105_03-minerals_part_2 - Minerals Criteria Mineral or not...

Info iconThis preview shows page 1. Sign up to view the full content.

View Full Document Right Arrow Icon
This is the end of the preview. Sign up to access the rest of the document.

Unformatted text preview: Minerals Criteria: Mineral or not? Solid Naturally occurring Definite composition Crystalline structure Water Halite Cubic zirconia Ice Chemical Chemical Composition – Shown by a chemical formula such as NaCl (Halite) or SiO2 (Quartz) Minerals More More than 3,500 identified – Less than 25 are common as rock forming minerals – They are composed of the most abundant elements found in the crust Top 8 list of elements in crust 1. O, Oxygen 2. Si, Silicon 3. Al, Aluminum 4. Fe, Iron 5. Ca, Calcium 6. Na, Sodium 7. K, Potassium 8. Mg, Magnesium All others 46.6% by weight 27.7% 8.1% 5.0% 3.6% 2.8% 2.6% 2.1% 1.5% Top 8 elements make up 98.5% of the Earth’s crust Mineral Groups Silica Tetrahedra O2 Si4+ + Si4 - O2 - O2 O2 O2 - - O2 O2 O2 - 1 Mineral Groups Single Chain Silicates Pyroxene Silicates Silicates – Combo between silica tetrahedra and other ions – ~1/3 of all known minerals – 95% of Earth’s crust! Double Chain Silicates Sheet Silicates mica Sheet Silicates Mineral Groups Carbonate Carbonate Minerals – Contain the negatively charged carbonate ion (CO3)-2, which bonds with a positively charged calcium (Ca) ion – Calcite (CaCO3) – Dolomite [CaMg(CO3)2 2 Mineral Groups Other Other Mineral Groups – – – – Oxides (Fe2O3) Sulfides (PbS) Sulfates (CaSO4·2H2O) Halides (NaCl) Mineral Identification Physical Physical properties of minerals – All minerals have characteristic properties Galena, a lead sulfide – Determined by the internal structure and chemical composition – Most properties are constant, but some variation exists, especially in color Halite, a halide Gypsum, a sulfate Mineral Identification Color Color – impurities – chemical formula Quartz Mostly not characteristic Mineral Identification Luster Luster (quality of reflected light) – Metallic – Nonmetallic Calcite Glassy Glassy Earthy Earthy Silky Silky Pearly Pearly Waxy Waxy Dull Dull Mineral Identification Crystal Crystal Form – Can occur in a variety of shapes which reflect the orderly internal arrangement of atoms. Mineral Identification Crystal Crystal Form – Reflects internal geometry and composition – Perfect crystals are rare, but may be useful in identification 3 Mineral Identification Perfect crystals are rare, but may be useful in identification Mineral Identification Perfect crystals are rare, but may be useful in identification Mineral Identification Cleavage Cleavage – Some minerals break along very straight planes Mineral Identification Cleavage Cleavage and Fracture Cleavage: Cleavage: mineral breaks along planes that have weak bonds Fracture: Fracture: mineral breaks along irregular surfaces when no weak planes exist Mica: one excellent cleavage 4 Mineral Identification Mineral Identification Hardness Hardness – Internal structure and strength of bonds – Based on the Mohs scale from 1 to 10 ShellShell-shaped, conchoidal fracture of quartz Quartz has a hardness of 7 and shows conchoidal fracture Mineral Identification Hardness Mineral Identification Streak Mineral Identification Streak Streak – Powdered minerals are sometimes a different color than their solid form – Scrape a mineral on a porcelain streak plate Hematite 5 Mineral Identification Specific Specific Gravity (Density) Smell Smell Taste Taste (Halite) Striations Striations (Plagioclase feldspar) Attracted Attracted to magnets (Magnetite) Double Double refraction (Calcite) Mineral Identification Chemical Chemical tests – reaction to HCl Plagioclase striations How do we really do it??? Chemical Chemical tests X-ray diffraction Thin Thin sections Minerals The Building Blocks of Rocks Chapter 3 6 ...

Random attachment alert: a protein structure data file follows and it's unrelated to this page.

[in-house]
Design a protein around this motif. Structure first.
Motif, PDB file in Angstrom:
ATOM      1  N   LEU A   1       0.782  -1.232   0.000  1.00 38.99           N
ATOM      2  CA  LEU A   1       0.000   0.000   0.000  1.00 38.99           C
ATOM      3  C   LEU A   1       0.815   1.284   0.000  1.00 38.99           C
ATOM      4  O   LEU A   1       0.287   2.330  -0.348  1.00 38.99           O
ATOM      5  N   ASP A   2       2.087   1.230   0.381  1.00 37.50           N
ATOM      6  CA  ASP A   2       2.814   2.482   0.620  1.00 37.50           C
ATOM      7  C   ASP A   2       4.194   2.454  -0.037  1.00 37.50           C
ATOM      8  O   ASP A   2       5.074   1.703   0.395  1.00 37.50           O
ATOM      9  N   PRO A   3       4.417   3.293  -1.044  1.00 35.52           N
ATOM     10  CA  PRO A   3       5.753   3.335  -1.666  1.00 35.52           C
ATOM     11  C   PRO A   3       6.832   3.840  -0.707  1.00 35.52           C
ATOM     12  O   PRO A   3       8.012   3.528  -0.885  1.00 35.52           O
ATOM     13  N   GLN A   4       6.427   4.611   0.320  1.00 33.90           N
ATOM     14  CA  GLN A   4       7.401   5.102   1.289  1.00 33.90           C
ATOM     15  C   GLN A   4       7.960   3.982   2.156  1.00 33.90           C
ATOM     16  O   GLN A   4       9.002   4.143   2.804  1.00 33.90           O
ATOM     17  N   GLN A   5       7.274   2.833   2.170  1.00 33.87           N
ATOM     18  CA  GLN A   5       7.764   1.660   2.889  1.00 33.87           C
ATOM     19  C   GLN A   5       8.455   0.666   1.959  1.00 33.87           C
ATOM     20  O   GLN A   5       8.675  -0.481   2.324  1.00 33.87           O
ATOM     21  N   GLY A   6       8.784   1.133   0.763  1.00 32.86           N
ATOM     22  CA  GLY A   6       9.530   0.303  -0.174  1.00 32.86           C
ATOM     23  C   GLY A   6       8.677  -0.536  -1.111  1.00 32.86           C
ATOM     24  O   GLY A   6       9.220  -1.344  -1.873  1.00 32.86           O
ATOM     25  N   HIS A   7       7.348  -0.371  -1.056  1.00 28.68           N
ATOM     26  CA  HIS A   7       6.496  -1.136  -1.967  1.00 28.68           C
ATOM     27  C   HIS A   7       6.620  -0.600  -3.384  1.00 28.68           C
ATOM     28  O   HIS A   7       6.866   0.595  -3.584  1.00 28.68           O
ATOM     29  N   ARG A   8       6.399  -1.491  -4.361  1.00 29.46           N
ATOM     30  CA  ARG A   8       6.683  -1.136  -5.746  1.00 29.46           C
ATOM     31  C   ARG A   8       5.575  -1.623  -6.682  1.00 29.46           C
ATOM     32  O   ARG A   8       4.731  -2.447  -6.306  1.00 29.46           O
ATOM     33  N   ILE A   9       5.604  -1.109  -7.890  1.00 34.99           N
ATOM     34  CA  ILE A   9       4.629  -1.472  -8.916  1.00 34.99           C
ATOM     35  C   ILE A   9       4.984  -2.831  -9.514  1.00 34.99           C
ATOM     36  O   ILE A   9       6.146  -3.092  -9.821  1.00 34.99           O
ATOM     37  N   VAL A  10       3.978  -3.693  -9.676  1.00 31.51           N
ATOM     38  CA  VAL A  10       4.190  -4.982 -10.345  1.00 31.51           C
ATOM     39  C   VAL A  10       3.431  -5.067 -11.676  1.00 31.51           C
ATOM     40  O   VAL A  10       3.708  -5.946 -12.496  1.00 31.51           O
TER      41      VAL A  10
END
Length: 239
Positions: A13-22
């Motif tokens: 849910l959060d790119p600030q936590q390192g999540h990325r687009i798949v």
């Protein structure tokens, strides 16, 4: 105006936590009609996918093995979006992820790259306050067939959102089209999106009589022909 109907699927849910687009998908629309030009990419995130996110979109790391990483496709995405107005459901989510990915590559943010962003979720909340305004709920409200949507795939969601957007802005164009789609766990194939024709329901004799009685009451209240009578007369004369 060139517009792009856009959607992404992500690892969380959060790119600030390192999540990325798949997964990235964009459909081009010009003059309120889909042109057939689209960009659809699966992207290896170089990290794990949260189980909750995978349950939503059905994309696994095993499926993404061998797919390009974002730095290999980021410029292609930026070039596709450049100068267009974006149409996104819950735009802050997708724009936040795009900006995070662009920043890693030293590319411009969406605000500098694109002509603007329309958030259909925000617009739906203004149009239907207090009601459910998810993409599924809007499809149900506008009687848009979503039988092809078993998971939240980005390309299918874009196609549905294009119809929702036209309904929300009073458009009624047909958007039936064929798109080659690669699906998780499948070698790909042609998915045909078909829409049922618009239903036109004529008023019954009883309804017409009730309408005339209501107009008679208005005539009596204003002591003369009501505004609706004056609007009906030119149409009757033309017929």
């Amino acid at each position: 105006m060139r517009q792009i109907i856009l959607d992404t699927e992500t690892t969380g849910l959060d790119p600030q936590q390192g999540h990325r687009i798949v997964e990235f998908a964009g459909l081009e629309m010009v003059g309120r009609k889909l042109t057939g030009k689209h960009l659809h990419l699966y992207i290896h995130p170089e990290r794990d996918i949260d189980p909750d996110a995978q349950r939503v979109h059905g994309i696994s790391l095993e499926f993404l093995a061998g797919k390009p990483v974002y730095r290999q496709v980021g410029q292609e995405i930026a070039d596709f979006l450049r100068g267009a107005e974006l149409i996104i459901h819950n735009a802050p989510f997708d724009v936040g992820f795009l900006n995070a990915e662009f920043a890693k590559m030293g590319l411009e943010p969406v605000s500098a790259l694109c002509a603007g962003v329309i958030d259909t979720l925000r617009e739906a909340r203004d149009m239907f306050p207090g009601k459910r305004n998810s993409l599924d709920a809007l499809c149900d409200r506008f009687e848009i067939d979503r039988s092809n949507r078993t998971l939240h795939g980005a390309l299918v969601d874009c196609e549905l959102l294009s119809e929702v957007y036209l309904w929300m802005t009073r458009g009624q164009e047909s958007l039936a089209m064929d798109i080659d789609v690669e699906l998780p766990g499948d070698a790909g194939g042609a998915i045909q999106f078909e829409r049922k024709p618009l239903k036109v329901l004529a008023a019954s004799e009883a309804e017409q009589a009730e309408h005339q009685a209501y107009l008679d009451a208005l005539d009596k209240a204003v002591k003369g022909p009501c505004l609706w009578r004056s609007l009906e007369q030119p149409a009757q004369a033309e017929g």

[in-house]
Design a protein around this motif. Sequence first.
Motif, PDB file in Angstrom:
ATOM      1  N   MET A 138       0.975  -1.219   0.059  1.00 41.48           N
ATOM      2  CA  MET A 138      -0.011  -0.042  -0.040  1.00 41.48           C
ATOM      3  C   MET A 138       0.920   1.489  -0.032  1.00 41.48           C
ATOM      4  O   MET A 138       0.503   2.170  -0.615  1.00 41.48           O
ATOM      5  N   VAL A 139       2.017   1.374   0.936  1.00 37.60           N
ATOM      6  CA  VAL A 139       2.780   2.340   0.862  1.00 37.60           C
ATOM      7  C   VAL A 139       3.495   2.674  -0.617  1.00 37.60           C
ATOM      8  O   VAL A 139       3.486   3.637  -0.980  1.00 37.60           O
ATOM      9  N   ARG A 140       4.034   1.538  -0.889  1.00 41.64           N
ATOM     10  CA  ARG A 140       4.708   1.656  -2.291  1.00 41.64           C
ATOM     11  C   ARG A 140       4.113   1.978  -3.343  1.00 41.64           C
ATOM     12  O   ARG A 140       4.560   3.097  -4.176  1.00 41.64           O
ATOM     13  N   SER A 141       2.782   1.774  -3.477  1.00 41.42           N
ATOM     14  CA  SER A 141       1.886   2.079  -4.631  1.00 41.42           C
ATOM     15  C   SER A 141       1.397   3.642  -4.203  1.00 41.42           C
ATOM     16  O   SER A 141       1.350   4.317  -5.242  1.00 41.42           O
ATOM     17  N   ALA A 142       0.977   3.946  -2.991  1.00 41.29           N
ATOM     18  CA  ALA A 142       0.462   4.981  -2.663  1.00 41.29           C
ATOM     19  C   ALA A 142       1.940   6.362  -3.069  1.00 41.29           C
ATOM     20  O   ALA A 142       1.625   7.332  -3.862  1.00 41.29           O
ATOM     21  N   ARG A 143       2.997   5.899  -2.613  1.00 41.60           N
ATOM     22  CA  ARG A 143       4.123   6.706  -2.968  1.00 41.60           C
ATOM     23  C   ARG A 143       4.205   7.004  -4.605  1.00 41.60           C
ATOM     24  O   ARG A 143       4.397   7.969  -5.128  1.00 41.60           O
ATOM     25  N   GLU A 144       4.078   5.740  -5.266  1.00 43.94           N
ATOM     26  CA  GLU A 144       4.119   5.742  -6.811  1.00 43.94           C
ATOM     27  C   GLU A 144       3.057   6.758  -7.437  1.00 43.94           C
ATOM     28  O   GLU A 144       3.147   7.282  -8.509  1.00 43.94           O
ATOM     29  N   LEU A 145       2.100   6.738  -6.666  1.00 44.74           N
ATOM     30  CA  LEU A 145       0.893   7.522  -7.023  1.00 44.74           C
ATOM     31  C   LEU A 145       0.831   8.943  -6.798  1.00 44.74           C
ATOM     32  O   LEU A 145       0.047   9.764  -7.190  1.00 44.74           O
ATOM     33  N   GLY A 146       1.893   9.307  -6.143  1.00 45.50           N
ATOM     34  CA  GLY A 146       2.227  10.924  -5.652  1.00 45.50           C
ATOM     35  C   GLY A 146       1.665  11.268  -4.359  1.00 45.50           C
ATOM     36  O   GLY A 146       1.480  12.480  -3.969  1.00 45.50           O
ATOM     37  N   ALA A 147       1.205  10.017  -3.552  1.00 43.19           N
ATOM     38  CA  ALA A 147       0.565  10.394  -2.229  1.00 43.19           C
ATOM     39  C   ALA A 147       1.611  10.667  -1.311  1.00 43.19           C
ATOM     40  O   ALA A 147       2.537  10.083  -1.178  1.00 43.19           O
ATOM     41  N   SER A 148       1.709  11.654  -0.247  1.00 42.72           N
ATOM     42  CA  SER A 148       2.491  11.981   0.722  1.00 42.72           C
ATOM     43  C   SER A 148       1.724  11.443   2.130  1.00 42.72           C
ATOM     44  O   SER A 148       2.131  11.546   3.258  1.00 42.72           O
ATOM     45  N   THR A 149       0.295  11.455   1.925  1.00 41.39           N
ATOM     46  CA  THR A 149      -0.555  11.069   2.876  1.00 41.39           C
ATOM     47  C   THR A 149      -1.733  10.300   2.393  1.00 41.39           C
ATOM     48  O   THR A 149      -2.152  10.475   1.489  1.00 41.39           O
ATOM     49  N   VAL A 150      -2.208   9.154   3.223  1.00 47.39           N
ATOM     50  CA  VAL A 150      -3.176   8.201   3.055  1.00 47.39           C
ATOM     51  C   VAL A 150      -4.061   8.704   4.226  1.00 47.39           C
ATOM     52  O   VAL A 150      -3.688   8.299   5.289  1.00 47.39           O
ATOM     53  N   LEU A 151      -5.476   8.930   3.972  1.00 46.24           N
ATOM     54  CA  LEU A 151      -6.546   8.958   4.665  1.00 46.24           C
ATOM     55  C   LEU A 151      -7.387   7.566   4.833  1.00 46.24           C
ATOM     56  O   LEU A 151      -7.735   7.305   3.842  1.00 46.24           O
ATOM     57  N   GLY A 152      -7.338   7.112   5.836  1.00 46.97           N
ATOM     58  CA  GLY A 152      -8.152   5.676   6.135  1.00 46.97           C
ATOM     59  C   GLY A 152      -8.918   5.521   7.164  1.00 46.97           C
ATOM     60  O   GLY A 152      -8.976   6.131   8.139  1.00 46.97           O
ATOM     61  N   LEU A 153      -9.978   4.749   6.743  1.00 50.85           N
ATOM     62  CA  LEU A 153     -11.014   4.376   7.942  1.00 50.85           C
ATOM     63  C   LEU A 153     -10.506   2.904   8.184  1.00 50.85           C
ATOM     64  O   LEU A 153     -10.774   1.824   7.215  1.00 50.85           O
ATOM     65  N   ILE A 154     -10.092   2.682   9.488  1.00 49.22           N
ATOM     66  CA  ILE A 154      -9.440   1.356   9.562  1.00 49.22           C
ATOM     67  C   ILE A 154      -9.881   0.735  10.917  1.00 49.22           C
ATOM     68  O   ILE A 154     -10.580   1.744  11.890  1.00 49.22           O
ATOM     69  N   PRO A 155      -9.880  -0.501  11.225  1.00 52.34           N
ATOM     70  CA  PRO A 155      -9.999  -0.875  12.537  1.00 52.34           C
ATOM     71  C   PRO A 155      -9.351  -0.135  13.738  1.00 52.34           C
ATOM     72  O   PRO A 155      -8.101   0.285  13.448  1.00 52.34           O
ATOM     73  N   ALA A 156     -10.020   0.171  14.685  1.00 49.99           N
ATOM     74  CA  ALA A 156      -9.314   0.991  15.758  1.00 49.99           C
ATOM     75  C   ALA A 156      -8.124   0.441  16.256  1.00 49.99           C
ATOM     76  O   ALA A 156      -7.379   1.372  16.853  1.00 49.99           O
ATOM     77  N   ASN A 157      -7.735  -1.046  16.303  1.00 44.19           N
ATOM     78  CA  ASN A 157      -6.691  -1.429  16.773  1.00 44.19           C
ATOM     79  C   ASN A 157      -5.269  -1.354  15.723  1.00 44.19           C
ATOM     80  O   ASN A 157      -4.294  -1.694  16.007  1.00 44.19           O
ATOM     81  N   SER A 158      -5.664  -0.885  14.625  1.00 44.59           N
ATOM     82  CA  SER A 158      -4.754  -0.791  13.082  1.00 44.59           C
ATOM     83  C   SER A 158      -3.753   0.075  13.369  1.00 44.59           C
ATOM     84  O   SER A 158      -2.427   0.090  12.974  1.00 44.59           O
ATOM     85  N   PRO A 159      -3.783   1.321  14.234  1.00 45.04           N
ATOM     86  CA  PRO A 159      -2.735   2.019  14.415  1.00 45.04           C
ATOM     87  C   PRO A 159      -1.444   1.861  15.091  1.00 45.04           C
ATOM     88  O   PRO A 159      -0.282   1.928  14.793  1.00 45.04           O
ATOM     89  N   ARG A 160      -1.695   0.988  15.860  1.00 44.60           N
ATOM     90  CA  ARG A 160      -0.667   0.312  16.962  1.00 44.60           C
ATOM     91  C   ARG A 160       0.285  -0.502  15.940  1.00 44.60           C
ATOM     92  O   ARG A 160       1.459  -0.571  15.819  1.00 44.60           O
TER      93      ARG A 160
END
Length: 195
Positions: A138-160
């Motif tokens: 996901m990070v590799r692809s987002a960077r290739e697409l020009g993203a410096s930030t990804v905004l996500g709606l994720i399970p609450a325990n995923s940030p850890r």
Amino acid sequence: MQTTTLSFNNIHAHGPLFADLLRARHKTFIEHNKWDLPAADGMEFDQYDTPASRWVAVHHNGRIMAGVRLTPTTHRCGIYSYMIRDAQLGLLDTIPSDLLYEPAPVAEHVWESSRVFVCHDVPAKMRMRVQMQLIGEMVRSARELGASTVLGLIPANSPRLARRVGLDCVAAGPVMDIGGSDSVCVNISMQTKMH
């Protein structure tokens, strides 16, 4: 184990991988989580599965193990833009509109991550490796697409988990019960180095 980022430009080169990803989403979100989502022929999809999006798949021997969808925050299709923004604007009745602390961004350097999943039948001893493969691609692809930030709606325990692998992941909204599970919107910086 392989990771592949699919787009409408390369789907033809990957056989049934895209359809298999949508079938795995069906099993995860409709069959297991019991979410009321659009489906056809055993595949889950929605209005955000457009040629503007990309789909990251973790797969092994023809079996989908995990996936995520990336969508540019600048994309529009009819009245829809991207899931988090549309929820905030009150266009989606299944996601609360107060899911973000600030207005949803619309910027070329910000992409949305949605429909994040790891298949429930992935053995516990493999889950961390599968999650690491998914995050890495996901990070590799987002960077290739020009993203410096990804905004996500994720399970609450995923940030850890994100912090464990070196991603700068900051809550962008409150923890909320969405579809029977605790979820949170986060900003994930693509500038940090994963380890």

View Full Document

This note was uploaded on 05/18/2011 for the course GEOL 105 taught by Professor Jack during the Spring '08 term at University of Louisiana at Lafayette.

Ask a homework question - tutors are online